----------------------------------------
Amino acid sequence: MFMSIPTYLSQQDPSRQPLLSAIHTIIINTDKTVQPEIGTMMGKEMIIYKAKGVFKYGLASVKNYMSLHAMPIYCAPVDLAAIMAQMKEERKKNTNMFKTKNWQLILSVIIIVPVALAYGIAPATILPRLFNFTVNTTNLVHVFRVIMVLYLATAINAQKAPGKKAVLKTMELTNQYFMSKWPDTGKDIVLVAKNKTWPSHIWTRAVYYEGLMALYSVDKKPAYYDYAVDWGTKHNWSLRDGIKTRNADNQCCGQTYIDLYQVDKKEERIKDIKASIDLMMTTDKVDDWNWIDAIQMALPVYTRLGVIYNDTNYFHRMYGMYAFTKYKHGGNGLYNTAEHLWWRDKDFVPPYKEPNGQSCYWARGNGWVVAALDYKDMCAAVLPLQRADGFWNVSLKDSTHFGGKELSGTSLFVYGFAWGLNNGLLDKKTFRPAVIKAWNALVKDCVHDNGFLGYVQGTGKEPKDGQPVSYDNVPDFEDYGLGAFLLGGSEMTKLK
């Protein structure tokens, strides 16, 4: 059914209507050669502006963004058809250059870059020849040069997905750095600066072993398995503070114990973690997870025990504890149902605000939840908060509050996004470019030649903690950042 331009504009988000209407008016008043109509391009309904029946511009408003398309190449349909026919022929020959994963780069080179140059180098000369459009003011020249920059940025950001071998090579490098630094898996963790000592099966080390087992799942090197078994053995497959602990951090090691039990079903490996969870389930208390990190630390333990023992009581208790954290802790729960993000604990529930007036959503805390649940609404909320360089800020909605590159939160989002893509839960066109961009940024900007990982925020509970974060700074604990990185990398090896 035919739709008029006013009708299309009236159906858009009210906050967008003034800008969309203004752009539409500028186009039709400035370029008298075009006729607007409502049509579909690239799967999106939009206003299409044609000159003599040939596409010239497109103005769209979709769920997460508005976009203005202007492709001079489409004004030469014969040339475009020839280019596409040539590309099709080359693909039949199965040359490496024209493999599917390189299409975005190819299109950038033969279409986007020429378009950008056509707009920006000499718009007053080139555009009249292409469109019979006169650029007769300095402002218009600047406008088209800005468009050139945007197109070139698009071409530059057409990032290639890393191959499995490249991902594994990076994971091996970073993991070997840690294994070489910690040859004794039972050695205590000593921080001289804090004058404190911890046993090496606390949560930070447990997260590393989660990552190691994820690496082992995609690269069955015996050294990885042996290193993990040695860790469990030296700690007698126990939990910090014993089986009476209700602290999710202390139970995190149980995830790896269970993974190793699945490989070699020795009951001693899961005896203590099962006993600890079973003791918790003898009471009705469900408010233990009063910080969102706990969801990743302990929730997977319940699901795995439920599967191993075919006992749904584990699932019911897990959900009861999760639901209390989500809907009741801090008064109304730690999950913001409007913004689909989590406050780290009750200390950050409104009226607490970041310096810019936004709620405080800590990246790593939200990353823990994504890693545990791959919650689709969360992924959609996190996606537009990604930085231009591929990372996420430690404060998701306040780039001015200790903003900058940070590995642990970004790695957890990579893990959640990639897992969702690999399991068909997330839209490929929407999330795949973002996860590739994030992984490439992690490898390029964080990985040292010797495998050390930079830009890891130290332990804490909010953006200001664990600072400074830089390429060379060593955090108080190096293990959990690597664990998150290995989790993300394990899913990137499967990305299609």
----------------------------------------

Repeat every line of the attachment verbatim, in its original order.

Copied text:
Amino acid sequence: MFMSIPTYLSQQDPSRQPLLSAIHTIIINTDKTVQPEIGTMMGKEMIIYKAKGVFKYGLASVKNYMSLHAMPIYCAPVDLAAIMAQMKEERKKNTNMFKTKNWQLILSVIIIVPVALAYGIAPATILPRLFNFTVNTTNLVHVFRVIMVLYLATAINAQKAPGKKAVLKTMELTNQYFMSKWPDTGKDIVLVAKNKTWPSHIWTRAVYYEGLMALYSVDKKPAYYDYAVDWGTKHNWSLRDGIKTRNADNQCCGQTYIDLYQVDKKEERIKDIKASIDLMMTTDKVDDWNWIDAIQMALPVYTRLGVIYNDTNYFHRMYGMYAFTKYKHGGNGLYNTAEHLWWRDKDFVPPYKEPNGQSCYWARGNGWVVAALDYKDMCAAVLPLQRADGFWNVSLKDSTHFGGKELSGTSLFVYGFAWGLNNGLLDKKTFRPAVIKAWNALVKDCVHDNGFLGYVQGTGKEPKDGQPVSYDNVPDFEDYGLGAFLLGGSEMTKLK
């Protein structure tokens, strides 16, 4: 059914209507050669502006963004058809250059870059020849040069997905750095600066072993398995503070114990973690997870025990504890149902605000939840908060509050996004470019030649903690950042 331009504009988000209407008016008043109509391009309904029946511009408003398309190449349909026919022929020959994963780069080179140059180098000369459009003011020249920059940025950001071998090579490098630094898996963790000592099966080390087992799942090197078994053995497959602990951090090691039990079903490996969870389930208390990190630390333990023992009581208790954290802790729960993000604990529930007036959503805390649940609404909320360089800020909605590159939160989002893509839960066109961009940024900007990982925020509970974060700074604990990185990398090896 035919739709008029006013009708299309009236159906858009009210906050967008003034800008969309203004752009539409500028186009039709400035370029008298075009006729607007409502049509579909690239799967999106939009206003299409044609000159003599040939596409010239497109103005769209979709769920997460508005976009203005202007492709001079489409004004030469014969040339475009020839280019596409040539590309099709080359693909039949199965040359490496024209493999599917390189299409975005190819299109950038033969279409986007020429378009950008056509707009920006000499718009007053080139555009009249292409469109019979006169650029007769300095402002218009600047406008088209800005468009050139945007197109070139698009071409530059057409990032290639890393191959499995490249991902594994990076994971091996970073993991070997840690294994070489910690040859004794039972050695205590000593921080001289804090004058404190911890046993090496606390949560930070447990997260590393989660990552190691994820690496082992995609690269069955015996050294990885042996290193993990040695860790469990030296700690007698126990939990910090014993089986009476209700602290999710202390139970995190149980995830790896269970993974190793699945490989070699020795009951001693899961005896203590099962006993600890079973003791918790003898009471009705469900408010233990009063910080969102706990969801990743302990929730997977319940699901795995439920599967191993075919006992749904584990699932019911897990959900009861999760639901209390989500809907009741801090008064109304730690999950913001409007913004689909989590406050780290009750200390950050409104009226607490970041310096810019936004709620405080800590990246790593939200990353823990994504890693545990791959919650689709969360992924959609996190996606537009990604930085231009591929990372996420430690404060998701306040780039001015200790903003900058940070590995642990970004790695957890990579893990959640990639897992969702690999399991068909997330839209490929929407999330795949973002996860590739994030992984490439992690490898390029964080990985040292010797495998050390930079830009890891130290332990804490909010953006200001664990600072400074830089390429060379060593955090108080190096293990959990690597664990998150290995989790993300394990899913990137499967990305299609």